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First-of-its-Kind Chamber Report Details Business Community Perceptions of Springfield Public School

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May 16, 2016
After 11 months of research and evaluation conducted at the request of Superintendent Jennifer Gill, tonight The Greater Springfield Chamber of Commerce delivered a report to the Board of Education of Springfield District 186 detailing the business community’s perceptions of the District and its test of the validity of those perceptions.

The school system and the business community have a vested interest in each other’s success. Schools benefit from community partnerships, and today’s students become tomorrow’s pipeline of local workforce talent. Existing and prospective businesses need a strong community in order to recruit and retain employees – and a strong school system is the backbone.

Understanding this unique relationship, in the spring of 2015, Superintendent Gill asked The Chamber to survey the business community to better understand the perceptions around the K-12 public school system. With approval from its Strategic Leadership Council, The Chamber allocated funds from the Q5 initiative to hire a professional market research firm to conduct the survey in June 2015. Once the perceptions survey was completed, in keeping with Gill’s request, The Chamber engaged a task force of local business leaders, led by an outside consultant, to evaluate the data and stories behind the perceptions and test how they align with reality.

After months of information gathering and study, The Chamber’s final report focused on four key areas of interest to the business community: staff evaluation, student achievement, facilities and finances. In each area, the report details the perceptions of the business community, how the perceptions were evaluated, and the conclusions drawn by the task force.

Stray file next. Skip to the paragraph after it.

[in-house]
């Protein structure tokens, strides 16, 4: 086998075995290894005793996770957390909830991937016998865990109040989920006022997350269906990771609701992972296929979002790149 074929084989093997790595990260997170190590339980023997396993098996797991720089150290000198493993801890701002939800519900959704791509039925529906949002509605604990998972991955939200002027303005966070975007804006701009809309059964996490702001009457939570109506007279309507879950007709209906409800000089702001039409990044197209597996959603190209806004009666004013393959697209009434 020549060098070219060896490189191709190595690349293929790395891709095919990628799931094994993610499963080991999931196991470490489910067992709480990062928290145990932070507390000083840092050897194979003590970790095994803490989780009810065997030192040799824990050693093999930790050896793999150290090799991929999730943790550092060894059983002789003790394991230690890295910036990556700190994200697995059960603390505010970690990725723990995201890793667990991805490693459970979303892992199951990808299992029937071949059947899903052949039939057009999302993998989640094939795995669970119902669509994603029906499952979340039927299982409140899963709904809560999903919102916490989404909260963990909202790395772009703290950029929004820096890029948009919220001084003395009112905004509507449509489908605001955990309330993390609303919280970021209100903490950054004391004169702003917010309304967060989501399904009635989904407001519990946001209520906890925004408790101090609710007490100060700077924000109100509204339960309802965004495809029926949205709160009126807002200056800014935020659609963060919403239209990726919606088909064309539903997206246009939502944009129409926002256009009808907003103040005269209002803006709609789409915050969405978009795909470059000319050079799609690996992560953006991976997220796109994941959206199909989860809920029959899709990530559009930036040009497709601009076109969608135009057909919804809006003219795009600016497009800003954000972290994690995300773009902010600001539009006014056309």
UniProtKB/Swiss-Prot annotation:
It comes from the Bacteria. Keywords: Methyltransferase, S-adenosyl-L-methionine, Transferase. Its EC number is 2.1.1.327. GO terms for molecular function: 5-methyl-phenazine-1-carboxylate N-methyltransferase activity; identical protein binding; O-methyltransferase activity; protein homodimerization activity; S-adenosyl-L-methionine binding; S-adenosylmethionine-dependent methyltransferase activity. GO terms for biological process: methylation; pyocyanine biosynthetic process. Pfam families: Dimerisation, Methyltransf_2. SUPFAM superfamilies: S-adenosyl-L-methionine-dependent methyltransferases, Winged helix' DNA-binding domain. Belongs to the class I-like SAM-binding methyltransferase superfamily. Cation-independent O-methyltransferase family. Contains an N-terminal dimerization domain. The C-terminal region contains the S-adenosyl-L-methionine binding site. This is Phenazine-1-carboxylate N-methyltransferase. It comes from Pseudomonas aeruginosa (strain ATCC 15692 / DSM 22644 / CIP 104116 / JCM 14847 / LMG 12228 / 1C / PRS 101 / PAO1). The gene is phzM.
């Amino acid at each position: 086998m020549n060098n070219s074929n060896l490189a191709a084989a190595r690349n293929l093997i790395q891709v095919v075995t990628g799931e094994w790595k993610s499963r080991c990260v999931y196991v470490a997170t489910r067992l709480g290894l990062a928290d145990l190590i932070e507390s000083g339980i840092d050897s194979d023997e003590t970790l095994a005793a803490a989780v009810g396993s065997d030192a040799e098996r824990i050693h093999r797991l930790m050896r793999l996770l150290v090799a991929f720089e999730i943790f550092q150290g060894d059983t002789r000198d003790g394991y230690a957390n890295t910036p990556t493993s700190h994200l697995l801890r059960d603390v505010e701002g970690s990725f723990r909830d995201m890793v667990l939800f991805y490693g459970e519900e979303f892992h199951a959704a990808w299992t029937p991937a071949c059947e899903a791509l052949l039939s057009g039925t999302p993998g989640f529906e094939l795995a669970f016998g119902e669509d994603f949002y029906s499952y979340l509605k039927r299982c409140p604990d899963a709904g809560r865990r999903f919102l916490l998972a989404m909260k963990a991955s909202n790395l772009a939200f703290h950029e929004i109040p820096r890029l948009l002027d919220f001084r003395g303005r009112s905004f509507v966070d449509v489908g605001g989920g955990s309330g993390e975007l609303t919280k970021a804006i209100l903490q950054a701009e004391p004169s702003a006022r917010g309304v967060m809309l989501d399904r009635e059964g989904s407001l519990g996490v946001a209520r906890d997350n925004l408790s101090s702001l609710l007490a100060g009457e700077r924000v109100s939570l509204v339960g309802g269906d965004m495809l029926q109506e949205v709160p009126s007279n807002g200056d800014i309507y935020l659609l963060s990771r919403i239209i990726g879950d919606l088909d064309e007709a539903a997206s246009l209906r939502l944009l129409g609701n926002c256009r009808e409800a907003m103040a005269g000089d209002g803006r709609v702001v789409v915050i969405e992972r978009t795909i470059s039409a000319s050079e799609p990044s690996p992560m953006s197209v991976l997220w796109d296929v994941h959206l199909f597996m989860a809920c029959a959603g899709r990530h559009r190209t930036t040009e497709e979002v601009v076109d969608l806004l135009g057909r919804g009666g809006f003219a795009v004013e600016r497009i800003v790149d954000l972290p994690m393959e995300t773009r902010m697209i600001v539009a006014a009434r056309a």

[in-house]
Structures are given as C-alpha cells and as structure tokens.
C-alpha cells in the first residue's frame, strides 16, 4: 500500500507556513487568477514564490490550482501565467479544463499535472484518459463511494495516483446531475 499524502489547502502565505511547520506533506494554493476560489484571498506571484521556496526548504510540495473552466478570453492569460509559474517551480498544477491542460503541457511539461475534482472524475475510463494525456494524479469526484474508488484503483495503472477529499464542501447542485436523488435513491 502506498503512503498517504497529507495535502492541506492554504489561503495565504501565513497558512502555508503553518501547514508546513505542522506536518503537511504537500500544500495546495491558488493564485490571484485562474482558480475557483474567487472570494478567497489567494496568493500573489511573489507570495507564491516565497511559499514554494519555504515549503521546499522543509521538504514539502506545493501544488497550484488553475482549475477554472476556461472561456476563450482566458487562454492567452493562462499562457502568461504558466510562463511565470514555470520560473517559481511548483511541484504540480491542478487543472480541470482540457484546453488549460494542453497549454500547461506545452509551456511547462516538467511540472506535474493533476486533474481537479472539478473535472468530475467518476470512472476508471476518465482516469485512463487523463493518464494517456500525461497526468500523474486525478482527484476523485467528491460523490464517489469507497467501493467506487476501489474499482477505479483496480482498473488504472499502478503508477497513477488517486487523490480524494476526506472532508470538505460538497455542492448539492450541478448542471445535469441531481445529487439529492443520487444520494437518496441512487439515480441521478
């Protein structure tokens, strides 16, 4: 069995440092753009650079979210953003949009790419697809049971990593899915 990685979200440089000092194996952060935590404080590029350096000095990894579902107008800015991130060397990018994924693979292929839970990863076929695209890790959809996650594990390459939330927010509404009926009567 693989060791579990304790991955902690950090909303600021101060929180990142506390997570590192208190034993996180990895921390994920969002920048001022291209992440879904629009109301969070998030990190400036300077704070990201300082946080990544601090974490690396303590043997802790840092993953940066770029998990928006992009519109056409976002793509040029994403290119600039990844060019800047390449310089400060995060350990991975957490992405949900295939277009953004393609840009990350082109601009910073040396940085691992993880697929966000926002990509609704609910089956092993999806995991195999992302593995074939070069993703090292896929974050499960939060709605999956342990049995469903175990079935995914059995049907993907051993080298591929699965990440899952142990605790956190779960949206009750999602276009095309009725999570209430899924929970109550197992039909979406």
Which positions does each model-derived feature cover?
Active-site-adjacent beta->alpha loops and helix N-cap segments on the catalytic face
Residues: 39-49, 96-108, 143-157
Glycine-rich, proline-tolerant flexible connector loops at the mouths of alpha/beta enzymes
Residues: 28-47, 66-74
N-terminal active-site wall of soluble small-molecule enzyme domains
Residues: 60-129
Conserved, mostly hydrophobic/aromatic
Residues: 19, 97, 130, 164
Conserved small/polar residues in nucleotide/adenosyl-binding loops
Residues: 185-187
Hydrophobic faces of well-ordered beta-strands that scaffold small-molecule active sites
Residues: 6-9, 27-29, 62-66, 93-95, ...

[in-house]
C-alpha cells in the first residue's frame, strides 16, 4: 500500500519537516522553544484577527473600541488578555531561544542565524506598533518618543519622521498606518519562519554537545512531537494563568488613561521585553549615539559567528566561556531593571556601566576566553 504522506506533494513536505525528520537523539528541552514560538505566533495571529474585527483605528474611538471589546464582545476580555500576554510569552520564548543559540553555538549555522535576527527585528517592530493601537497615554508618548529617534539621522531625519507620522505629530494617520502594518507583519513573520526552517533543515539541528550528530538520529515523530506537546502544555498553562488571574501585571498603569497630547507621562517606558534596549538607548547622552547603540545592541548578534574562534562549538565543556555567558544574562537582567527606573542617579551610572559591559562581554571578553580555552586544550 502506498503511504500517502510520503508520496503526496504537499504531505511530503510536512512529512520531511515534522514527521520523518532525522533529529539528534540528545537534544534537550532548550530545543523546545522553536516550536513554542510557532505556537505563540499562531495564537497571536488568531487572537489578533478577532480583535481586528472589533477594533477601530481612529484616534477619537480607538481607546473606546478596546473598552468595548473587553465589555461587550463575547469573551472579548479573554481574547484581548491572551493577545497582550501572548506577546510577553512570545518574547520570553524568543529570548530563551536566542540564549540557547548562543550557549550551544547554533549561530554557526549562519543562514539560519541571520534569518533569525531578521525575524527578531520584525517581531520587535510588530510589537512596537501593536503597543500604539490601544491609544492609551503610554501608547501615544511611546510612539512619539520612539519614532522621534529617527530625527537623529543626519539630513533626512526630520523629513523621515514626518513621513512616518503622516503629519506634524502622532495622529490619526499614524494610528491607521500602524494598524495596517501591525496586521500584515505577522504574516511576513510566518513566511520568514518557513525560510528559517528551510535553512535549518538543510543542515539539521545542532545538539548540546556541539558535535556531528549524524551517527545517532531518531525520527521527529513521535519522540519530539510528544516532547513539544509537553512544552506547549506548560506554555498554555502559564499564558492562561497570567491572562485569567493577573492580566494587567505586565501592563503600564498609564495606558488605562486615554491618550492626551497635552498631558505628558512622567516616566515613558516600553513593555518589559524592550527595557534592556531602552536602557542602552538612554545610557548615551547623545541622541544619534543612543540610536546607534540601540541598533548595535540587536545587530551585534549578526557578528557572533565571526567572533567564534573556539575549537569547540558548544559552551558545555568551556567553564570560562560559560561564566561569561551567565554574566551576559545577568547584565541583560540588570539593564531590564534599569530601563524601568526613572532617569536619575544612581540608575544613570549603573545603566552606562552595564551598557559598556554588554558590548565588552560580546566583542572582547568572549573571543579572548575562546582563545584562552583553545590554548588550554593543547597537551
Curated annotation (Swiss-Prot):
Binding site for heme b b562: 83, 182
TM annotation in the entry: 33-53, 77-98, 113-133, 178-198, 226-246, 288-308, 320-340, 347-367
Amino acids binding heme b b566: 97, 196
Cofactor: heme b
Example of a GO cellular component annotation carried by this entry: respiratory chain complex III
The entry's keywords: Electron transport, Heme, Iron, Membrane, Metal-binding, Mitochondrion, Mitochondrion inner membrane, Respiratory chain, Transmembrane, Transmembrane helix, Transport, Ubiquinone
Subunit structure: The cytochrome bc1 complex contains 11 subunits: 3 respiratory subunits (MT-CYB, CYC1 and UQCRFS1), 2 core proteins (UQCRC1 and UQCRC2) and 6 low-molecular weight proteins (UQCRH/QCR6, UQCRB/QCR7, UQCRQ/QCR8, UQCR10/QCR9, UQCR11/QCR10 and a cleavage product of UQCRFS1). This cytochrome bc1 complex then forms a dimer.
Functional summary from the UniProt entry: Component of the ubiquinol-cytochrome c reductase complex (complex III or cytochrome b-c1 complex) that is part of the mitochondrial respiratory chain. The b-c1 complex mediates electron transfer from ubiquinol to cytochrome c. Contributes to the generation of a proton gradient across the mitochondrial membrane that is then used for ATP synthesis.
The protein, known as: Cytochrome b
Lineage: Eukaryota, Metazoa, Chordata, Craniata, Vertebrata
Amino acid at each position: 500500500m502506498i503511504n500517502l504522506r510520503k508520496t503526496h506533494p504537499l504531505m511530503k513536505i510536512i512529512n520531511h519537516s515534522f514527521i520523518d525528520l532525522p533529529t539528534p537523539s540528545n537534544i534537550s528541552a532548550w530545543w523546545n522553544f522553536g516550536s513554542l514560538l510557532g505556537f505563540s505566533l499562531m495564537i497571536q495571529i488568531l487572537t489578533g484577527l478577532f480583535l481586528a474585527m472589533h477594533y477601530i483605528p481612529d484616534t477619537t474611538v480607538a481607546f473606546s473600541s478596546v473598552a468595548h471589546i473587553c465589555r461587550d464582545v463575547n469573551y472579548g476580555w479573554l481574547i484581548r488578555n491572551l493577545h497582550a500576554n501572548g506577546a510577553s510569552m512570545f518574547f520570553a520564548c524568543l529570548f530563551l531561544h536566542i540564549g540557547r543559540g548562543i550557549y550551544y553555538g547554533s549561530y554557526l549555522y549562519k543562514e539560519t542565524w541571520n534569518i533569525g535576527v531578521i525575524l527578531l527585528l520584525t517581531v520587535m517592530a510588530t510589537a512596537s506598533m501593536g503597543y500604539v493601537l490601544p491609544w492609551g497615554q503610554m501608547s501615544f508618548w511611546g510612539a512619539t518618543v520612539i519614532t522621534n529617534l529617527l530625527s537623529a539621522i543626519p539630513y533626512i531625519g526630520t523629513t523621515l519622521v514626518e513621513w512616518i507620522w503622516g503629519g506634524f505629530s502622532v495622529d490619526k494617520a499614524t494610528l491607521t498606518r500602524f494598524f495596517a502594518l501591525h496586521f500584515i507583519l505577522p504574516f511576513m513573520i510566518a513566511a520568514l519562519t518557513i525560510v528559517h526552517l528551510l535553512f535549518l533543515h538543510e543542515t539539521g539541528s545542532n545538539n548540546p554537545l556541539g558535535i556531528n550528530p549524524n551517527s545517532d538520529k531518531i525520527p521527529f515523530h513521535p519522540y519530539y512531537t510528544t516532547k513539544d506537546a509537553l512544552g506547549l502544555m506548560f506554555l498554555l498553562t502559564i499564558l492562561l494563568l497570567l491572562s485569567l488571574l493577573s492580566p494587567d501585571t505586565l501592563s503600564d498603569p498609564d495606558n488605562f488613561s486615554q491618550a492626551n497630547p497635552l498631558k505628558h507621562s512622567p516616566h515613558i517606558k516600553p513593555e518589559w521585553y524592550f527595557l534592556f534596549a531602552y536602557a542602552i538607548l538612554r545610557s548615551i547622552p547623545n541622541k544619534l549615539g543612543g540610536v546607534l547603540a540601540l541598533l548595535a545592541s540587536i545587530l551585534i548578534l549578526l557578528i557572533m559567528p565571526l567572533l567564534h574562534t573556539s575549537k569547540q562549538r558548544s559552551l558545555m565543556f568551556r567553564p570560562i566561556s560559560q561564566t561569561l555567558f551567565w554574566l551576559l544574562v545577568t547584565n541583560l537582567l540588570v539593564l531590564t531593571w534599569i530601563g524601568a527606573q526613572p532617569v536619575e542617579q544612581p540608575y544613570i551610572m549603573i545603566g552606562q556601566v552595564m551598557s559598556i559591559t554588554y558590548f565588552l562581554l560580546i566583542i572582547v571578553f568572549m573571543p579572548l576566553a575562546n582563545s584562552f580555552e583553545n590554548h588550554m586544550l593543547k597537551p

“We found this process to be incredibly informative, and we are eager to now share what we’ve learned with the community,” said Chamber President and CEO, Chris Hembrough. “This report provides a solid foundation for community members to gain a better, more accurate understanding of the Springfield public education system.”

A top-level summary of the perceptions and task force conclusions is as follows. Please refer to the full report by clicking here for greater detail.

  • Staff Evaluation: Survey respondents had positive opinions about teachers, but had concerns regarding the teacher evaluation process.
​Conclusion: The task force concluded that District 186 currently utilizes an in-depth, rigorous evaluation process that is consistent with the principles used by many businesses and corporations today.
  • Student Achievement: Survey respondents felt the District had adequate core courses, but had concerns regarding elective opportunities and were unsure if students were prepared to graduate with workforce or college readiness.
Conclusion: The task force concluded that District 186 provides a quality education, including a substantial number of advanced placement and dual credit courses, providing the kind of rigor that helps prepare students for both college and the workforce. The task force concluded that the top 25% of District 186 ACT scores compared favorably with suburban Sangamon County schools and private schools.
  • Facilities: A majority of respondents had concerns about school facilities, but were unsure how this impacted student learning.
Conclusion: The task force concluded that highly efficient facilities create spaces to conduct 21st century learning practices, which can enhance student learning and employee satisfaction. They encouraged the District to consider a comprehensive facilities study.
  • Finances: Survey respondents did not think the District is adequately funded, and a little more than half were unsure if funds are spent wisely.
Conclusion: The task force reviewed District finances in three areas – revenue, expenses and fund balances – and found that the District financial data compares consistently with other Central Illinois urban school districts. In fact, over the last three school years the District has not only used its resources efficiently and wisely, eliminating deficit spending, it is making strides to increase its fund balance to a minimum level of 15% of annual revenues as recommended by ISBE.
The Chamber’s full and final report is available by clicking here.  

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